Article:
It might be helpful to consider these questions:

  • How is life easier with your product? Which challenges or tasks are eliminated or reduced?
  • Does your product save the buyer time? If so, how much? What could they accomplish in those minutes, hours, or days?
  • Does your product save the buyer money? If so, how much? What could they accomplish with that amount?
  • How does your product influence others’ perception of your prospect? Do they look more credible, important, effective, or successful?
  • What’s the impact on your prospect’s bottom line one month after buying your product? Six months? A year?

Practice highlighting the answers to these questions to your prospects.

Solution Selling Sales Process

“Solution selling” is used pretty broadly these days, but salespeople using this methodology typically follow this sales process:

  1. Prospect: Look for a buyer with a problem their product solves
  2. Qualify: Understand the decision-making unit (DMU)
  3. Discovery: Diagnose the buyer’s needs
  4. Add value: Develop a customer champion; gain access to key decision makers
  5. Present: Share a custom solution; demonstrate its ROI
  6. Close: Come to a mutually beneficial agreement

Solution Selling Questions

To accurately diagnose your prospect’s pain points, you need the right questions. There are three main goals of this stage (typically the discovery call):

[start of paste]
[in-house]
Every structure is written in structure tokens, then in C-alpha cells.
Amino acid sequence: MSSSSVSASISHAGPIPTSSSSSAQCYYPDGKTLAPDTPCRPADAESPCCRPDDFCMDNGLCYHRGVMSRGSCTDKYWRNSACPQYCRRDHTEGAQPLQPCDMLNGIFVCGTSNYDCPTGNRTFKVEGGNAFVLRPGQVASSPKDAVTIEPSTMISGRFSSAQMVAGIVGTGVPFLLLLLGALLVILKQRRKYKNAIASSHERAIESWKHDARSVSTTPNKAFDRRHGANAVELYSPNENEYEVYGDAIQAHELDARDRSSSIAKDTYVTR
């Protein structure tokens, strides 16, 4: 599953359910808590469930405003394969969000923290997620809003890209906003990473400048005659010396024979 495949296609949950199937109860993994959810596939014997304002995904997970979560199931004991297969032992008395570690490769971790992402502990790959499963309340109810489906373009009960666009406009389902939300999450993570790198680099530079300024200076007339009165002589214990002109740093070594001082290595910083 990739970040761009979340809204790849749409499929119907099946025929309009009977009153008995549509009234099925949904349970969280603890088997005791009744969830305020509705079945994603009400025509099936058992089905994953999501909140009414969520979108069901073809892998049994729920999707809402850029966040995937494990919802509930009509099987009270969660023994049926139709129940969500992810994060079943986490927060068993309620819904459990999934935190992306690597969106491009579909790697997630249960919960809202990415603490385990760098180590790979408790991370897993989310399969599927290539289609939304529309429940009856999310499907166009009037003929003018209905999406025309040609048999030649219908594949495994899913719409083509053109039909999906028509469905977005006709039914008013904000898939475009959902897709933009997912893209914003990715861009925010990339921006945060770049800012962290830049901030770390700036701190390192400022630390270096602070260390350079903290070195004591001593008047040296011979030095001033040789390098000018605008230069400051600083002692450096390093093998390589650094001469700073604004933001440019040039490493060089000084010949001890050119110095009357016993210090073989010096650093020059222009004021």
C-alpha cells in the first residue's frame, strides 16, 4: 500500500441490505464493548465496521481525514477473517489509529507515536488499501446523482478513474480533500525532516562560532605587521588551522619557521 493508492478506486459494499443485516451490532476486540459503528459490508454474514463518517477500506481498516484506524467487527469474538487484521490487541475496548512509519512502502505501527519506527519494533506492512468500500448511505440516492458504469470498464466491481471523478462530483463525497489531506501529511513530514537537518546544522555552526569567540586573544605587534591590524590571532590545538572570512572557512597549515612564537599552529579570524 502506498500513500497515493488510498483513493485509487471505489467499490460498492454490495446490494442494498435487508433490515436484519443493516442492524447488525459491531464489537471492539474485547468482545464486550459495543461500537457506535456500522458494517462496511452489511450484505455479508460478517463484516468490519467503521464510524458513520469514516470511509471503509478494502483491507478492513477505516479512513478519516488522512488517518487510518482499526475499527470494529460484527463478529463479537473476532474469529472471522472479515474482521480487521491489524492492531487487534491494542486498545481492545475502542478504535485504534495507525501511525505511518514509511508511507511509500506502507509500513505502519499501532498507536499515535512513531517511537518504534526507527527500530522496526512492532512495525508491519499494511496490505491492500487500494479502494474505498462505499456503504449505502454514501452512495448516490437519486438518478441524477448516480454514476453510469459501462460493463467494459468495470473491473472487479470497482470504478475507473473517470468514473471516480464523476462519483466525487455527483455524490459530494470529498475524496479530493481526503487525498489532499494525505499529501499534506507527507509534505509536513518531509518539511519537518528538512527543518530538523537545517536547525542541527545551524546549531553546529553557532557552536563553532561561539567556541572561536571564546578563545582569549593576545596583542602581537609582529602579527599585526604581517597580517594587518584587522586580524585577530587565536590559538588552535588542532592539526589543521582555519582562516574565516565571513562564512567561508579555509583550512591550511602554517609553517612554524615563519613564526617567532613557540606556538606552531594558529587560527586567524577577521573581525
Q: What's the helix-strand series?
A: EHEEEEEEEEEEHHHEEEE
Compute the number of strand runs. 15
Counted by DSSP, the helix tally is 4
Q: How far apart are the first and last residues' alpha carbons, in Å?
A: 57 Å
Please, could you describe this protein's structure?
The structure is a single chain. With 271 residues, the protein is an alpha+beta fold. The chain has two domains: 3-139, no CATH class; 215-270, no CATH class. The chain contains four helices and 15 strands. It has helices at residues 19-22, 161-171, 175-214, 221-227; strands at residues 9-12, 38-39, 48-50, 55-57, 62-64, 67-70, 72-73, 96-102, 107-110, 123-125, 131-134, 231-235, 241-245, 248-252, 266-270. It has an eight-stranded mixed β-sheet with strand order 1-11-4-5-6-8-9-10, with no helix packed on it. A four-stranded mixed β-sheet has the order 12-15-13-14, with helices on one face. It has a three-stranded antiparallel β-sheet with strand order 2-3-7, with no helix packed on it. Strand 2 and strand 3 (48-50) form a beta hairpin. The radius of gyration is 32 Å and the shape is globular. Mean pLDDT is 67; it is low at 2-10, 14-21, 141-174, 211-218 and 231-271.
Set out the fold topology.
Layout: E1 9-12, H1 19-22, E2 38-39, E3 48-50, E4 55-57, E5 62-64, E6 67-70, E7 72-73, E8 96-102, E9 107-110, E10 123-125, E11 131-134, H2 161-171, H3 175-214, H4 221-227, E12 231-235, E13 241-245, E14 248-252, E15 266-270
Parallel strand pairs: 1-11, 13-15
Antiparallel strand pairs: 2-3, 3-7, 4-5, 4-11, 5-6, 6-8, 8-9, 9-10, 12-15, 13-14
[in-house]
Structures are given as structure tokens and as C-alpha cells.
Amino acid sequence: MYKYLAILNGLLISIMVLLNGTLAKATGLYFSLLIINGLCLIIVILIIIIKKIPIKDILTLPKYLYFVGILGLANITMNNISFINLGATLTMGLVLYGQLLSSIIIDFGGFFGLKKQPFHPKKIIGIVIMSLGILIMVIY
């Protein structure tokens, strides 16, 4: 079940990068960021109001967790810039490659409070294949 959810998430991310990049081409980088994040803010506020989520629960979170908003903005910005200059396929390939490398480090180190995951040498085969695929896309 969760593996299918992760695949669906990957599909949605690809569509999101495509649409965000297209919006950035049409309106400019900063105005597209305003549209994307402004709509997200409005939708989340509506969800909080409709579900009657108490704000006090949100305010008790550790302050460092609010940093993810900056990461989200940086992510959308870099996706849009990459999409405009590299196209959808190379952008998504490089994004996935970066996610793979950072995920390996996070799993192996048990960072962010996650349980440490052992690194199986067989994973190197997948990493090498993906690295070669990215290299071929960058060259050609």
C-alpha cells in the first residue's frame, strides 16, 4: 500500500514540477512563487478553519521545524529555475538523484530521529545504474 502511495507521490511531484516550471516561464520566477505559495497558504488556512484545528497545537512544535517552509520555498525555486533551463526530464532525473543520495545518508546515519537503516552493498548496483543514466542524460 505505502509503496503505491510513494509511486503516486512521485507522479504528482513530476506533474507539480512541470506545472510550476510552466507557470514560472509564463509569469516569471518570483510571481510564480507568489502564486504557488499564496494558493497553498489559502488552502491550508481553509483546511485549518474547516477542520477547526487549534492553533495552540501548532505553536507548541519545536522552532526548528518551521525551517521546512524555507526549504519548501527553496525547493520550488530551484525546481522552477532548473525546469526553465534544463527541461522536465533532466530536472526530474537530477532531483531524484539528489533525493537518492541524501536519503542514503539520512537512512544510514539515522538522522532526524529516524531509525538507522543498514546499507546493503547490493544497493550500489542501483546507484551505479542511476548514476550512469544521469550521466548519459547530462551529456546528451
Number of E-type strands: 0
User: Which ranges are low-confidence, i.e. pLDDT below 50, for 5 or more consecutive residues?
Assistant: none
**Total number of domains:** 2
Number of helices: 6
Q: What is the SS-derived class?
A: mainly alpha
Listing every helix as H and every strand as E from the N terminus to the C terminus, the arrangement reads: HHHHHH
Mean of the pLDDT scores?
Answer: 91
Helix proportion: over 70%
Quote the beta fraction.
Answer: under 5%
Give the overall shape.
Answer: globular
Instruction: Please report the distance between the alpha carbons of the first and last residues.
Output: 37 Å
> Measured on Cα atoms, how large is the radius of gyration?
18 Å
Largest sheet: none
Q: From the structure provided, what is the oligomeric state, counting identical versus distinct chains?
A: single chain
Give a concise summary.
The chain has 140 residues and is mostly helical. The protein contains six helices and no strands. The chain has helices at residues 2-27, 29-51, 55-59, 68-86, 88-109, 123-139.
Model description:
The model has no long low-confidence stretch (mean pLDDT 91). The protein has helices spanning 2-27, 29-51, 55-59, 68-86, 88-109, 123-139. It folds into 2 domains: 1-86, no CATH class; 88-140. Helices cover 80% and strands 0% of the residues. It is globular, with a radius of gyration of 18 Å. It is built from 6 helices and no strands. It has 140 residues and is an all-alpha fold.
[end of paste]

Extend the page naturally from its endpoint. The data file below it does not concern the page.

1. Identify the causes: Which factors are responsible for the buyer’s pain? How are they ranked in terms of importance and impact?
  2. Calculate the magnitude: How is this pain affecting your prospect, their team, other departments, and/or the entire company? How many people will benefit from solving the problem?
  3. Get buy-in: Gauge the buyer’s interest in life with your product. Are they excited about the solution you can provide?

To give you an idea, here are sample questions for each objective.

Identify the causes:

  • How has [problem] gotten to [current state]?
  • How significant is [factor]?
  • Have you seen [factor they haven’t considered] making any impact on [problem]?

Calculate the magnitude:

  • How has this problem changed your [daily, weekly] workload and focus?
  • How has this problem affected your [coworkers, boss, direct reports]?
  • What does [job title] think about this problem?

Get buy-in:

  • In a world where [problem] doesn’t exist, what’s different about [your results, your priorities, the company’s success]?
  • We can solve [problem] with [X solution]. What do you think?

Is Solution Sales Dead?

Some believe solution selling isn’t effective anymore.